The jury is still out on how fast and intensely U.S. global influence will wane, but the near unanimous consensus is that it is has already started. The question for Arab leaders is the following: will they seize the transient opportunity that will come with U.S. decline to build a more inclusive long-term regional formula? The answer to this question is important not only for the region, but for the rest of us as well.

The sandstorms of the Middle East will not settle - disorienting the rest of the world with them - as long as Arab leaders keep ignoring the collective benefits of cooperation. No serious long-term strategic framework has seriously been pursued by the region's power brokers since Nasser's push for pan-Arab unity in the 1950's and 60's. No one is advocating the return of pan-Arabism. The concept (at least for the moment) is a chimera. Nonetheless, it IS possible to think outside the box of narrow interests, and inside the box of collective benefits - which would invariably raise the national interests of individual Arab countries in the long-run. One must travel across the region to realize how interconnected it really is. Culturally, linguistically, religiously, historically, economically and most importantly...politically. Every passing year that the region's festering problems are ignored, new and more elusive ones are created, and the effects are felt by all. This has been the unfortunate story of the Middle East for as long as we can remember.

At the heart of the problem is the psychology that permeates the highest offices of the Arab world. Fear is the dominant sub-conscious element in the Arab leader's psyche. Fear of his regional counterparts, fear of his own entourage, fear of rebellion, fear of foreign powers, etc... Robert Fisk once asked Saddam Hussein how he knew if he truly had the support of his people? Saddam looked around, stared in Fisk's eyes and exclaimed "why don't you go ask around and see what they say? they all love me!", only to burst into laughter along with his sycophants. The implication of Saddam's response are clear, no Iraqi would dare say how he truly felt about his president if asked. The moral is almost Newtonian in its logic - every action has an equal an opposite reaction. Saddam's fear of his own people would only be subdued by installing equal and opposite fear into them. Is this a sustainable framework for building healthy societies that can compete in today's globalized world? Machiavellians might think so, unfortunately, 21st century Arabia is not 15th century Italy - at least it shouldn't be.

If Arab leaders begin to think in terms of shared interests, as opposed to zero-sum gains, they may be able to manage a relatively peaceful transition to a post-American era. They could become more independent to implement the policies to improve the lives of their peoples in the process. Employment creation, inter-regional trade, education for a globalized era, civic participation in politics and a unified voice and stance for peace in the region. This would not only be in the interests of their people, but in the interests of their crowns. The rapidly changing demographics of the region should be extremely worrying for anyone who cares to look. The average age of the populations is decreasing. The birthrate is still high. It is getting harder and harder to create enough jobs every year to keep young people of the streets and away from the brainwashing of extremists.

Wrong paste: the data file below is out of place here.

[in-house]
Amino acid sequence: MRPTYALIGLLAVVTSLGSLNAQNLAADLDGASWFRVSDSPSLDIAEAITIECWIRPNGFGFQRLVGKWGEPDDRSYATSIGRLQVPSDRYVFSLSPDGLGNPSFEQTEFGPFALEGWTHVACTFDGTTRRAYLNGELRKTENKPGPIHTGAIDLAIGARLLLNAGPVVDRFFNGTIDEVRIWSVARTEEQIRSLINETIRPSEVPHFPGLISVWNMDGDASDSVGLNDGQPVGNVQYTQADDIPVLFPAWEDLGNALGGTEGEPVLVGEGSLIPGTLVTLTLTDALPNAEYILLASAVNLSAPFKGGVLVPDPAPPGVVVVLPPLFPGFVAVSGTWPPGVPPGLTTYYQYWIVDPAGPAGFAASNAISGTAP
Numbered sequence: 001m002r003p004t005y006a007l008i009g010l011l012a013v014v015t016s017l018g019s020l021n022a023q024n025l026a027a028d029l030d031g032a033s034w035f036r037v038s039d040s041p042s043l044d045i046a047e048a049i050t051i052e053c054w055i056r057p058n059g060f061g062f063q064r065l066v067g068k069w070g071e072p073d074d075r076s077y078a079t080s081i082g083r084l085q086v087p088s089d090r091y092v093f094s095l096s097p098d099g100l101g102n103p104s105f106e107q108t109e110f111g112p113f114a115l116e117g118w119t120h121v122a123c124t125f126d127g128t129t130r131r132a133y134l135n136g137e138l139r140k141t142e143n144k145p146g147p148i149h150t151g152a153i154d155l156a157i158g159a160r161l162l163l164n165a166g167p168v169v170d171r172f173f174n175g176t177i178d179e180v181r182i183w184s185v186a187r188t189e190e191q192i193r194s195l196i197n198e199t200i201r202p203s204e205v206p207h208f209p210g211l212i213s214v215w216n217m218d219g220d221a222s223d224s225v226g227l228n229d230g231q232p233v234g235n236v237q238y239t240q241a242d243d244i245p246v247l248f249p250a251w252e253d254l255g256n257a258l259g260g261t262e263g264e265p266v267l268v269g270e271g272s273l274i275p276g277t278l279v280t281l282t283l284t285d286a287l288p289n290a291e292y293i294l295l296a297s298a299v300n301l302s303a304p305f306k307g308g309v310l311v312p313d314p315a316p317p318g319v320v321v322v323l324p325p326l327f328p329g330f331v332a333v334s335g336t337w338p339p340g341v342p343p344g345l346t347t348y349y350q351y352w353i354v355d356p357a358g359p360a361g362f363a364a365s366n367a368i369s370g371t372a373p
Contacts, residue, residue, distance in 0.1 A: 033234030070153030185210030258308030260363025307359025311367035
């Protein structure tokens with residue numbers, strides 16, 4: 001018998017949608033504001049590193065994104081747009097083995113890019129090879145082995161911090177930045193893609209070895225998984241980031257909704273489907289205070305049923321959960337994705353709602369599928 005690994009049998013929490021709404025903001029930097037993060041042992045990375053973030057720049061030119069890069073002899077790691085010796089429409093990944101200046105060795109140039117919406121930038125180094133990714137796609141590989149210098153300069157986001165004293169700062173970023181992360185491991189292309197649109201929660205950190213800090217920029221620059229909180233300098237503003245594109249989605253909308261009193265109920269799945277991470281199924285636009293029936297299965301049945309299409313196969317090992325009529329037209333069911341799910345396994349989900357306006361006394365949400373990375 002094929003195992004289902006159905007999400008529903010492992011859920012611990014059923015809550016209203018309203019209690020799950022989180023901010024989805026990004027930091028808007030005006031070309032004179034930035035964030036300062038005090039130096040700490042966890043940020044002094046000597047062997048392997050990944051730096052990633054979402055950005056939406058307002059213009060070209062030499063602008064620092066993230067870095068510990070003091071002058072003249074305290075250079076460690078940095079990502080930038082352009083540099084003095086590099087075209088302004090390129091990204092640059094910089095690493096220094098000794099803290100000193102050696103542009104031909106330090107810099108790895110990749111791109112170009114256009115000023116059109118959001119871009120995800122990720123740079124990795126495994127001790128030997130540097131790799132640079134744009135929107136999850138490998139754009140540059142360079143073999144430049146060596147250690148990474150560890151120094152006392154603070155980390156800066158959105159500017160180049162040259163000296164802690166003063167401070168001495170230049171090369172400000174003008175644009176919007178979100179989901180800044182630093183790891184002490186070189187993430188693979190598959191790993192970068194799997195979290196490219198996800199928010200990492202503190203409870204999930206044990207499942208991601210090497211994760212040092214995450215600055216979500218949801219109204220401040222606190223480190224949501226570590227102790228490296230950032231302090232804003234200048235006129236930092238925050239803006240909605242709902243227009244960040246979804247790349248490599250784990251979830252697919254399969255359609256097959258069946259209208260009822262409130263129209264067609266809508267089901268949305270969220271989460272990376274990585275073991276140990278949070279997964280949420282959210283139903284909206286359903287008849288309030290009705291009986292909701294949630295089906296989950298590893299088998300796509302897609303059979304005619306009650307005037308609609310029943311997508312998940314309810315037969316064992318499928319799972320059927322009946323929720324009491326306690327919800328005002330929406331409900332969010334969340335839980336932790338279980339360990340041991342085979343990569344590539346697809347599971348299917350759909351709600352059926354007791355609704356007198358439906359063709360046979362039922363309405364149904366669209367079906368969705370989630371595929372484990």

The question is how to overcome the numerous obstacles standing in the way of regional cooperation? There are several: the American influence may be waning but is far from gone; Arab governments face a legitimacy crisis vis-a-vis their own people; the Russians are trying to reassert their role in the region; Iran continues (ironically helped by the U.S.'s elimination of Saddam) to spread its tentacles; Syria and Saudi-Arabia are at loggerheads over Lebanon; Palestinians are divided; and, extremists continue to sow more hatred and confusion along the way.

What exactly are Arab leaders hoping to achieve for their countries and the region? Do they wish to be seen as more legitimate and responsible in the eyes of their people and the world? Are they looking to solve the conflict with Israel and the Palestinians? Are they trying to improve the region's 'brand' for global business by plugging their countries into the switchboard of global finance, trade and ideas? Do they wish to keep extremists and militant Islam under control? All and any of these policies will require a new regional political and economic framework.

Until then, all we can do is ask ourselves, is there hope for the Middle East?

Tuesday, December 9, 2008

Absolutely brilliant!

Got this from friend of mine.

"The Plan"

In the beginning was the Plan.
And then came the Assumptions.
And the Assumptions were without form.
And the Plan was without substance.
And darkness was upon the faces of the Workers.
And they spoke among themselves saying". It is a crock of s**t - and it stinketh."

And the Workers went unto their Supervisors and
said "It is a pail of dung - and none may abide the odor thereof."

And the Supervisors went unto their Managers
saying "It is a container of excrement - and it is very
strong - such that none may abide by it."

And the Managers went unto their Directors
saying "It is a vessel of fertilizer - and none may abide its strength."

And the Directors spoke amongst themselves
saying one to another "It contains that which aids plant growth
and it is very strong."

And the Directors then went unto the Vice